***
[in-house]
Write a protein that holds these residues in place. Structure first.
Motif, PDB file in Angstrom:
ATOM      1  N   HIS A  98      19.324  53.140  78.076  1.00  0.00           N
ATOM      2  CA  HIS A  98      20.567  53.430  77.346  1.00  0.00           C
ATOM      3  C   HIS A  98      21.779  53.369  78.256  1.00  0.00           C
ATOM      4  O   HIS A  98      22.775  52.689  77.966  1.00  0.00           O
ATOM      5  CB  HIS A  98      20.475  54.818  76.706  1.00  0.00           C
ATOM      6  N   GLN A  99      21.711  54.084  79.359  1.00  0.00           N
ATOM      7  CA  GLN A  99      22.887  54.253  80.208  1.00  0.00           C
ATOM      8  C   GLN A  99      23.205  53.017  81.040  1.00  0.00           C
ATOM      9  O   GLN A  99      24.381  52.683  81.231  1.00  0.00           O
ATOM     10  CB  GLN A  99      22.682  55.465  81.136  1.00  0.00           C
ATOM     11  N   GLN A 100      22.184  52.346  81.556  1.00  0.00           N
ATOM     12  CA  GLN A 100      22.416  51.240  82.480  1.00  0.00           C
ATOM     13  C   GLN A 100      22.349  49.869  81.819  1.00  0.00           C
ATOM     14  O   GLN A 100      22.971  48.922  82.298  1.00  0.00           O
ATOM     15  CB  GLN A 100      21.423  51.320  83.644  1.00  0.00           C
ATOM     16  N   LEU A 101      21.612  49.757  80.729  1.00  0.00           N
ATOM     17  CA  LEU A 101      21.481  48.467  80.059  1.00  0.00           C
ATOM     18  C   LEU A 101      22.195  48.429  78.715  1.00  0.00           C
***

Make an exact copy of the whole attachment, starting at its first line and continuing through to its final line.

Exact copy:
[in-house]
Write a protein that holds these residues in place. Structure first.
Motif, PDB file in Angstrom:
ATOM      1  N   HIS A  98      19.324  53.140  78.076  1.00  0.00           N
ATOM      2  CA  HIS A  98      20.567  53.430  77.346  1.00  0.00           C
ATOM      3  C   HIS A  98      21.779  53.369  78.256  1.00  0.00           C
ATOM      4  O   HIS A  98      22.775  52.689  77.966  1.00  0.00           O
ATOM      5  CB  HIS A  98      20.475  54.818  76.706  1.00  0.00           C
ATOM      6  N   GLN A  99      21.711  54.084  79.359  1.00  0.00           N
ATOM      7  CA  GLN A  99      22.887  54.253  80.208  1.00  0.00           C
ATOM      8  C   GLN A  99      23.205  53.017  81.040  1.00  0.00           C
ATOM      9  O   GLN A  99      24.381  52.683  81.231  1.00  0.00           O
ATOM     10  CB  GLN A  99      22.682  55.465  81.136  1.00  0.00           C
ATOM     11  N   GLN A 100      22.184  52.346  81.556  1.00  0.00           N
ATOM     12  CA  GLN A 100      22.416  51.240  82.480  1.00  0.00           C
ATOM     13  C   GLN A 100      22.349  49.869  81.819  1.00  0.00           C
ATOM     14  O   GLN A 100      22.971  48.922  82.298  1.00  0.00           O
ATOM     15  CB  GLN A 100      21.423  51.320  83.644  1.00  0.00           C
ATOM     16  N   LEU A 101      21.612  49.757  80.729  1.00  0.00           N
ATOM     17  CA  LEU A 101      21.481  48.467  80.059  1.00  0.00           C
ATOM     18  C   LEU A 101      22.195  48.429  78.715  1.00  0.00           C